My thinking about how best to use digital games for language learning has shifted over the last year. Looking back, the Virtual Round Table Web Conference was one of the turning points for me and this repost from the original ELT Sandbox blog explores some of my reactions in the weeks after the event.
As always, it was a pleasure to be involved in the Virtual Round Table, one of the mainstays of the ELT conference calendar. It was well attended and the reactions were positive.
There were also a few questions asked and comments made at the event and afterwards that gave me pause to think and reflect and I will add my responses to those in this post. I always value critical comments that lead to re-evaluation of my thinking and these are no different.
Speculation language is produced in most games, not generating much more than ill-formed modals, maybes and suggestions with ‘lets’ – perhaps we need to move beyond this?
This seems to be one of the most obvious places to start with game-based learning. Indeed, if you go back to the first post on this blog, you will find a description of a time I played a game with my students and used it to generate exactly this kind of language.
That is not to say that that is all we ever did with games and language but I take Marisa’s point that we need to avoid simply using the game as a vehicle for focusing on the same old language points. Taking speculation as an example, I would say we need to look beyond the ‘language’ of speculation (which is often limited to using a few modal verbs and semi-fixed structures) and push students into the area of speculation as a critical thinking skill.
That means not just forming a sentence like “I think we should go to the lake” but explaining why, justifying the choice with reference to the context of the game and our ultimate aims as players. Going a step further, we then need to evaluate our speculated thoughts against what subsequently happens. Was our line of thinking correct? Did events play out as we expected? What was wrong with our initial ideas? All backed up by the most important question of all – why?
If we can get our students thinking and discussing in this way, we are going far beyond the realm of classic language work, which brings me on to the next quote:
In the same way that early TV mimicked theatre, early ELT lesson plans mimic those from course books and other old media.
Paul also gave a talk on DGBL at VRT, and it is definitely worth watching it you haven’t done so already: The Growing Pains of Digital Games.
He explained that whenever a ‘new’ form of media enters the world of ELT, our first approach is usually to view it through the lens of what has come before. This then leads to teachers and publishers taking something like a digital game and producing a gap-fill worksheet version of a play-through guide to go with it. Or the game is introduced by the teacher explaining some key vocabulary items and then showing a clip of the gameplay before asking learners to discuss it in the same way we might show a regular video.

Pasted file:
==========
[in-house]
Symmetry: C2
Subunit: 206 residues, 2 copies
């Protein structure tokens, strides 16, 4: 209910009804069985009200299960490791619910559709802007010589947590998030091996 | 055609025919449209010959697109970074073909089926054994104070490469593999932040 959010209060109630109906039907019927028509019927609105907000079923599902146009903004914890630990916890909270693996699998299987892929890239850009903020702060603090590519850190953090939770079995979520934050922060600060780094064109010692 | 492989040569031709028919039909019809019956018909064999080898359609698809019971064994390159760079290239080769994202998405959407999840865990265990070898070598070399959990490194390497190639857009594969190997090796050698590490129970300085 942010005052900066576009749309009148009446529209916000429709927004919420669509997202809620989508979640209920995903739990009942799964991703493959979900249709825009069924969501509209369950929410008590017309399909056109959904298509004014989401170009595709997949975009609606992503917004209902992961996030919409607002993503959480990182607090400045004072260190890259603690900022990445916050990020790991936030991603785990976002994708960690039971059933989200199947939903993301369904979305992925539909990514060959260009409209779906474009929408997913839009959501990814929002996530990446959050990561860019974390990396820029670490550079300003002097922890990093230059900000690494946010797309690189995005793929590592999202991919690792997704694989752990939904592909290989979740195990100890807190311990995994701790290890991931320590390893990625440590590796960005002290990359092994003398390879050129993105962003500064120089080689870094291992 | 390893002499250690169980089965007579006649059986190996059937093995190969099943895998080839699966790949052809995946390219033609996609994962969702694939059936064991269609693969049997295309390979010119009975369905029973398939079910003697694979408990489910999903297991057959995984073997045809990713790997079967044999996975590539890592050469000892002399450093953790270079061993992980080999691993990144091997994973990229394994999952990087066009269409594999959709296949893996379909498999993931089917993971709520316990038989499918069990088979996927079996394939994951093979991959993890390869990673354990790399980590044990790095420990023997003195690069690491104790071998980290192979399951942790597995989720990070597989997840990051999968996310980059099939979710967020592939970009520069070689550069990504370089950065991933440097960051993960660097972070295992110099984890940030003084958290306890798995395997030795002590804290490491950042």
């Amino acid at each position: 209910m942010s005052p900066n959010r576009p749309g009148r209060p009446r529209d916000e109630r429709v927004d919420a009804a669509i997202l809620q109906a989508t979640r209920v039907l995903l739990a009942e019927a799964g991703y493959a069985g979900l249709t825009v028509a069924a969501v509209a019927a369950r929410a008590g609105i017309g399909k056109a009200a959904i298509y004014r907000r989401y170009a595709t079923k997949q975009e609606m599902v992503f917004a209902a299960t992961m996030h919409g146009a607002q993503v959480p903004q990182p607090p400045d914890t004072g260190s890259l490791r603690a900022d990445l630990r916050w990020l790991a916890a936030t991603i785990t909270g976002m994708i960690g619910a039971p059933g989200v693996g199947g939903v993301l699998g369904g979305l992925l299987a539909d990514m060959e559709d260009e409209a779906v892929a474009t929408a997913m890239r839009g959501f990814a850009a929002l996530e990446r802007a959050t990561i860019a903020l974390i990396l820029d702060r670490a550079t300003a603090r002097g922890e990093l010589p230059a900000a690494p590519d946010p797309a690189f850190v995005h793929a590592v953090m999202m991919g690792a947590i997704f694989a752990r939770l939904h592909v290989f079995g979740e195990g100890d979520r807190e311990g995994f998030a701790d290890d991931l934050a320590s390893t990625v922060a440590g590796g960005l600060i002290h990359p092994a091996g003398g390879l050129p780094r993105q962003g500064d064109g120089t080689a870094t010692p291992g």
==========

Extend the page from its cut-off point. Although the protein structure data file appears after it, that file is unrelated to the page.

Again, I have used activities similar to those above in the past, at times with my mind turned towards justifying why and how I am using to games to stakeholders – if they see something familiar, there is less likely to be resistance, right?
But, of course, that kind of approach can lead to us losing sight of what makes games so appealing in the first place. The game should provide a context for language production but it should be the driving force of the lesson, not the square peg which is to be hammered into the round hole of an ELT lesson plan.
I have been thinking about this one a lot and I still don’t have the answers yet… All I can say is that my understanding and ideas about digital game-based learning are developing and I will certainly be looking for alternative approaches to using them in class in future.
There’s something really wrong in the way we use digital games for ELT…. It’s just like students play funny video games and then they get an assignment and have to write a composition about the game they have played. Won’t it be frustrating for them?
Again, Elena’s comments (see my write up of her talk on gamification at IATEFL 2015) come back to the idea of introducing a fun and exciting game, only to bring the students back to earth with a bump by getting them to sit down and write a story or short essay about the game (a classic case of honey-coated peas…)
Personally, I have used games like Minecraft to get my students writing but I would qualify that by saying I do not shepherd them all towards the same set task. I try to offer them choices – some may write a story from the point of view of the character in the game, others may write a guide to a particular aspect of the game, others may reflect on what they have learned about the game and what they still want to find out.
It is also important to make sure these tasks break the mould of traditional classroom writing. Rather than submitting something to the teacher and getting it marked, we should do things like encourage the class to collaborate to build a guide to the game. Using a class wiki, different groups can work on different aspects of the game, they can visit, edit and comment on each other’s pages. Collectively they can build something bigger than just another composition that is likely to leave them feeling a sense of accomplishment rather than frustration at being hoodwinked by their teacher once again.
So, good food for thought from these comments and plenty to ponder over the summer break. I will be doing some reading, exploring some other examples of game-based learning, engaging in discussion with other DGBL enthusiasts, and, of course, playing some games to continue the development of my ideas!
This post originally appeared at http://eltsandbox.weebly.com/blog/changing-perspectives-different-directions-for-games-in-elt in July, 2016.